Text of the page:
Not That You Needed Confirmation, but There Is Such a Thing as #Food Addiction
Did you ever feel as if you were just addicted to certain foods? Well, there’s a good chance that it’s true. According to research from Boston Children’s Hospital appearing in the American Journal of Clinical Nutrition, substance abuse and eating high-glycemic foods may trigger the same brain mechanism tied to addiction.
Researchers had 12 overweight men consume milkshake meals, the only difference being that one group consumed rapidly digested (high-glycemic index) carbohydrates, and the other group consumed slowly digested (low-glycemic index) carbohydrates.
The researchers then measured “blood glucose levels and hunger, while also using functional magnetic resonance imaging (MRI) to observe brain activity during the crucial four-hour period after a meal, which influences eating behavior at the next meal.”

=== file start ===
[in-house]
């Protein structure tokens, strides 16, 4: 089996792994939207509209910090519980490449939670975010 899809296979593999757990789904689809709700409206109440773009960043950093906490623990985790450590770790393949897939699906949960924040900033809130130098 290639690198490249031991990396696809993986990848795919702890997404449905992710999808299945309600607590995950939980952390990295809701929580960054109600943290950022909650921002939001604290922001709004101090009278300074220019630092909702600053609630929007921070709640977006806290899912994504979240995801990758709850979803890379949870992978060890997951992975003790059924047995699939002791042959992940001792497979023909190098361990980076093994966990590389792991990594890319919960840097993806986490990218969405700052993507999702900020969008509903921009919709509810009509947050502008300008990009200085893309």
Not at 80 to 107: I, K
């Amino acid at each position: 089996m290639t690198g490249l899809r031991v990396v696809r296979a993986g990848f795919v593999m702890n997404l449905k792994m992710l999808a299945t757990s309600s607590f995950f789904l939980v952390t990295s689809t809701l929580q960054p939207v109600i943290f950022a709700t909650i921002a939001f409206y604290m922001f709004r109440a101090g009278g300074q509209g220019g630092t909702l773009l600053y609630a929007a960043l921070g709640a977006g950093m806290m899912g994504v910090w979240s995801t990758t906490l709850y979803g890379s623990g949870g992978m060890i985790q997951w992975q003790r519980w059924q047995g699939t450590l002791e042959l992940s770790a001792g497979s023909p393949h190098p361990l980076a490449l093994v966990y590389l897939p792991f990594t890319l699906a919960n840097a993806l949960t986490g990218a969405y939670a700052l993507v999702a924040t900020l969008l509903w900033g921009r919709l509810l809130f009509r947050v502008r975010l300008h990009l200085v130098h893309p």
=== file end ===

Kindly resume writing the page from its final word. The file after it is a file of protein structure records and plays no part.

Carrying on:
The results? “After participants consumed the high-glycemic index milkshake, they experienced an initial surge in blood sugar levels, followed by a sharp crash four hours later. This decrease in blood glucose was associated with excessive hunger and intense activation of the nucleus accumbens, a critical brain region involved in addictive behaviors.”
The authors of the study suggest that limiting high-glycemic index carbohydrates like white bread and potatoes could reduce overall urges.